Draining floodwater from towns and fields will take 3-6 months, says Sindh CMPakistan
Sindh Chief Minister Murad Ali Shah said on Sunday that it would take between three to six months to drain water from the province’s flood-hit areas.
The monsoon rainfall and subsequent floods have killed 1,396 people across the country between June 14 and September 9, and have left 12,728 injured. More than 30 million have also been displaced.
Sindh is the worst-hit province so far, accounting for the most deaths and injuries. Of the 1,396 fatalities countrywide, Sindh’s total 578. Injuries number 8,321 of the countrywide total of 12,728, according to the NDMA’s most recent update.
Speaking to the media in Karachi, the CM gave a breakdown of the current situation in the province and the losses incurred due to the catastrophic floods.
“The whole world has to come together to combat climate change,” he said, adding that United Nations Secretary-General Antonio Guterres had also called on the world to “pitch in” to help Pakistan navigate the crisis.
Shah said that around 35 million people had been displaced while “millions of acres of fertile land” had also been flooded. He went on to say that farmers in Sindh had suffered a loss of approximately Rs3.5 billion while the livestock sector had suffered a loss of Rs50bn.
“In some areas, there is at least eight to 10 feet of water. Even in places where it is receding, the situation is not such that people can return,” he said, highlighting that Pakistan had received unprecedented rainfall this year.
“This year, we received 10-11 times the normal amount of rainfall […] Normal flood at Guddu and Sukkur is around 400,000 cusecs.”
He said that the government was working on rehabilitating people, and working on the province’s drainage and irrigation network. “We think it will take three to six months for the water to drain.”
The Sindh CM admitted that the province was facing a shortage of tents and medicines, saying that he had raised the issue during his meeting with the UN chief.
Separately, Prime Minister Shehbaz Sharif thanked Guterres for his “unprecedented support” to the victims of the catastrophic floods.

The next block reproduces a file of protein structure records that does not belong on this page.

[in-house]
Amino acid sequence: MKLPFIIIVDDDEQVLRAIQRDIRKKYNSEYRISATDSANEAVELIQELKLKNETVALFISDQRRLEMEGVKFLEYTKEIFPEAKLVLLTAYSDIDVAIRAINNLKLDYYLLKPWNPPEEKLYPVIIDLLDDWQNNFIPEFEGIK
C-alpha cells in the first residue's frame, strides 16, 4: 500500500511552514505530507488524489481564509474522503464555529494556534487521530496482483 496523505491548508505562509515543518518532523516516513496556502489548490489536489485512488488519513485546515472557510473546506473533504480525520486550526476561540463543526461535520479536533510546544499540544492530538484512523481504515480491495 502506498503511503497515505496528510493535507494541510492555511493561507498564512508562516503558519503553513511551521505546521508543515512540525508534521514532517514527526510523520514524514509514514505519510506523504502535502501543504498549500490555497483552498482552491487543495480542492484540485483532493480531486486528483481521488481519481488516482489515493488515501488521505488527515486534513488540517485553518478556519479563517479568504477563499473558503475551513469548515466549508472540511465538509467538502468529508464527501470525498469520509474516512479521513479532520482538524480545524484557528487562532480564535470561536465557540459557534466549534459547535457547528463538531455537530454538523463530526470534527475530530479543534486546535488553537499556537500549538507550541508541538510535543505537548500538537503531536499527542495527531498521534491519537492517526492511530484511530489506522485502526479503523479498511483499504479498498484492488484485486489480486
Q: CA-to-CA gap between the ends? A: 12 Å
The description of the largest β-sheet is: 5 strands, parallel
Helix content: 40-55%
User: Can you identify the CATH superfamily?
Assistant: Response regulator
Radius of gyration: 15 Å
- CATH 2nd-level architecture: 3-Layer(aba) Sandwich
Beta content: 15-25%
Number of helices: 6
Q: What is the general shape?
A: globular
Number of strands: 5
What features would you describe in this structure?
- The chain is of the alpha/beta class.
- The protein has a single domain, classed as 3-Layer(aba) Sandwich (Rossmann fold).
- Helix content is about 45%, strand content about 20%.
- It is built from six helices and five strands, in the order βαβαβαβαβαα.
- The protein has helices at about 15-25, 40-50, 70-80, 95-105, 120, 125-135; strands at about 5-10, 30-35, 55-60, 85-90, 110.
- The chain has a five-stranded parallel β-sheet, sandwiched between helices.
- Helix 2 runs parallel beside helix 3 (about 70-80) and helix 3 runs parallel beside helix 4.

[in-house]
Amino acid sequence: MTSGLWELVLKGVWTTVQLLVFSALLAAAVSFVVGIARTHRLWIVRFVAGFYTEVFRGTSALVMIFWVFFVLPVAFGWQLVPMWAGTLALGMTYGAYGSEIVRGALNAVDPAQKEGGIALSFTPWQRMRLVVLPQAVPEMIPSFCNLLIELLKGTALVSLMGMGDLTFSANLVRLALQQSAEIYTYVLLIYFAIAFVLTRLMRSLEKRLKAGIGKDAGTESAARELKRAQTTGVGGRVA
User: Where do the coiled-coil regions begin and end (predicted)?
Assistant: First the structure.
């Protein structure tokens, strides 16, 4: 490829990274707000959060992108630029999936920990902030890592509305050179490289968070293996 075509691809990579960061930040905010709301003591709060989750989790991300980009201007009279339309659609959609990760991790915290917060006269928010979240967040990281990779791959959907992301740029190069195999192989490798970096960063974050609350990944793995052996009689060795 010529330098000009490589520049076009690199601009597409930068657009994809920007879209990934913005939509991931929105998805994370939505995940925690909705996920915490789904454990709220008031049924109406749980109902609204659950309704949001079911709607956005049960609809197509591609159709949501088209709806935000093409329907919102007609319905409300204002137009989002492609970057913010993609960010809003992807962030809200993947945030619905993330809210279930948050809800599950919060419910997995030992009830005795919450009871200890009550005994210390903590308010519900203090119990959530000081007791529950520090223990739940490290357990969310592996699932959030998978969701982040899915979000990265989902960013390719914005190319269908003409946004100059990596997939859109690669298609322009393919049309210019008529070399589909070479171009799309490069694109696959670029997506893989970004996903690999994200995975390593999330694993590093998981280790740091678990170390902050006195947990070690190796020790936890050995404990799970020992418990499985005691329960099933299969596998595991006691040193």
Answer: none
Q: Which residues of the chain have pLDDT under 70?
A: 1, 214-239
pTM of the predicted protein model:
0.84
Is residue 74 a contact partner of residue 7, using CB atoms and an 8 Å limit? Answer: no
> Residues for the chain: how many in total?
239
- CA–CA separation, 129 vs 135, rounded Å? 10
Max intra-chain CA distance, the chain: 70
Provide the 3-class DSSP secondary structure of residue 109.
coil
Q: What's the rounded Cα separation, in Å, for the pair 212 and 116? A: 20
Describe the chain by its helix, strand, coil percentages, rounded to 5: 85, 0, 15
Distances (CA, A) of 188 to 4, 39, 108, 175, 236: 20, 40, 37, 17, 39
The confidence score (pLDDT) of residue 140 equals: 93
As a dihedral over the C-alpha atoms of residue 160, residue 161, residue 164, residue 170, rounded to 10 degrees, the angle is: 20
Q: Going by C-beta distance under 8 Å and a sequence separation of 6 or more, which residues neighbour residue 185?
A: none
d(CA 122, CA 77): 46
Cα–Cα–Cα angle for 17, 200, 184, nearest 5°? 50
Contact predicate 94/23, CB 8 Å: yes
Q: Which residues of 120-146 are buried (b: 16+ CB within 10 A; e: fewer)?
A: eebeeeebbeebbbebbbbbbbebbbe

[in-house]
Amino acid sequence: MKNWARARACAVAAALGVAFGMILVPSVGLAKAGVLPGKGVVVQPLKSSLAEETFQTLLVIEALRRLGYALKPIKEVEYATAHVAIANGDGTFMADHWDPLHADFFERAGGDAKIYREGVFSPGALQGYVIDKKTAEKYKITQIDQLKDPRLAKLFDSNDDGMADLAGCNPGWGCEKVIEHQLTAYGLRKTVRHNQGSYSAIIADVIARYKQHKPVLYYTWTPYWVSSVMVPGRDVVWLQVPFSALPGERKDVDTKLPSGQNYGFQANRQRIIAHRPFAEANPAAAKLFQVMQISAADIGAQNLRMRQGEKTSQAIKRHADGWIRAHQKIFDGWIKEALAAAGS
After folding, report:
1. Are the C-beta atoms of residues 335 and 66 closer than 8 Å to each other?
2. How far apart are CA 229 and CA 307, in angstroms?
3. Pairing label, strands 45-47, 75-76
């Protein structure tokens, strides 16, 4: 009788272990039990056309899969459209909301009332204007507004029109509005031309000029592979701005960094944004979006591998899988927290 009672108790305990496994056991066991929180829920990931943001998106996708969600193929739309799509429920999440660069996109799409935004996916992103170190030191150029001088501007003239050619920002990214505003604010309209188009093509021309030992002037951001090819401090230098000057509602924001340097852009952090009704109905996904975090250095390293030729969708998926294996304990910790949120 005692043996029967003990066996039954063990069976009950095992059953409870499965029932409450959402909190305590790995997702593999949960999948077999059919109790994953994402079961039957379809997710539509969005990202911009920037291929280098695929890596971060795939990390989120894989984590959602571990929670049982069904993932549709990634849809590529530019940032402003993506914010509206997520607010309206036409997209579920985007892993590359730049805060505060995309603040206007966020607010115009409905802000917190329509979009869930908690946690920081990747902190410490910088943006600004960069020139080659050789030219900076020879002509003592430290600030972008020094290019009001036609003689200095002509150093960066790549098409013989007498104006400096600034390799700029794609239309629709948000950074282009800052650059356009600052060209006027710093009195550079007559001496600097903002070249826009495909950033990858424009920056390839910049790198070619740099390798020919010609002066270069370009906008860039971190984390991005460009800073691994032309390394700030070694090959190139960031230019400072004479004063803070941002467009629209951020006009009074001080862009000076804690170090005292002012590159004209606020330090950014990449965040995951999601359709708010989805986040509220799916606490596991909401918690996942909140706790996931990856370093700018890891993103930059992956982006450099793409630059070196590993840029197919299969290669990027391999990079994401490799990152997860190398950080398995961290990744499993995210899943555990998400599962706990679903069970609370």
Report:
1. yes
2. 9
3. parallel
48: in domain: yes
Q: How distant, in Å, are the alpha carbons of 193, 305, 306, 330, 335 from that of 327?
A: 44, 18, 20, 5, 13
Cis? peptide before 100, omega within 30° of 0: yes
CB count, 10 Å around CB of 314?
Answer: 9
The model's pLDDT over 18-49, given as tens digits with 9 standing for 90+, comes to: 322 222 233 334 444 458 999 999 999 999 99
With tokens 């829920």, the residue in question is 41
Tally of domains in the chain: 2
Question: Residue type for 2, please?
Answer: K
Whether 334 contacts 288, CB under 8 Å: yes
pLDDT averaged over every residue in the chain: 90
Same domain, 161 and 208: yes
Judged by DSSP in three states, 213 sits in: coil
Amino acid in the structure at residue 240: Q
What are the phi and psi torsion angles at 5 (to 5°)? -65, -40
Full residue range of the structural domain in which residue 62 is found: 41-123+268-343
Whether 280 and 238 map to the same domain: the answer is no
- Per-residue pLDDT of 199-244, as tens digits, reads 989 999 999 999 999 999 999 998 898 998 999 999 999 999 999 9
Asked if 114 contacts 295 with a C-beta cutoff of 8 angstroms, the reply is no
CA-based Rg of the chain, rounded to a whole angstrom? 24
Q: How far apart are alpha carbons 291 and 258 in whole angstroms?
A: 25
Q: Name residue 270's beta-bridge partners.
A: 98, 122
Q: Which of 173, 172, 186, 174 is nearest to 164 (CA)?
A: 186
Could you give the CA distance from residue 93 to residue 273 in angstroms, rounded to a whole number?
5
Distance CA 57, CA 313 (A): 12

“His two-day visit has been critical in raising awareness about the human tragedy. Deeply touched by his empathy and leadership. Pakistan needs global support to overcome this challenge,” the premier said.
During his visit to flood-affected areas and camps in the scorching heat, Guterres was overwhelmed by the scale of devastation that has engulfed Pakistan, PM Shehbaz said.
“His voice has become the voice of flood victims. The world should pay heed to what he said about climate change,” he urged.
The UN chief, meanwhile, said he had never seen “climate carnage” on the scale of the floods in Pakistan.
“As our planet continues to warm, all countries will increasingly suffer losses and damage from climate beyond their capacity to adapt.
“This is a global crisis. It demands a global response,” he said.
In the latest update, the National Flood Response Coordination Centre (NFRCC) said that rain wind/thundershowers were expected in Kashmir, Khyber Pakhtunkhwa, Islamabad, upper Punjab, southeastern Sindh and Gilgit-Baltistan.
“Hot and humid weather is expected in other parts of the country. Rainfall may trigger landslides in Kashmir, hilly areas of KP, GB, Galiyat and Murree,” the statement said.
The forum also said that the worst-affected districts of Sindh included Qambar-Shahdadkot, Jacobabad, Larkana, Khairpur, Naushahro Feroze, Dadu, Thatta and Badin.
In Balochistan, Quetta, Naseerabad, Jafarabad, Jhal Magsi, Bolan, Sohbat Pur and Lasbela were the worst-hit. Similarly, Dir, Swat, Charsadda, Kohistan, Tank and Dera Ismail Khan in KP, and Dera Ghazi Khan and Rajanpur in Punjab were the wrost-affected.
The centre added that 485 army helicopter sorties had been flown to various areas for evacuating stranded people.
In the last 24 hours, 22 sorties have been flown and evacuated 70 stranded individuals and delivered 29.9 tons of relief items to flood victims, the statement said.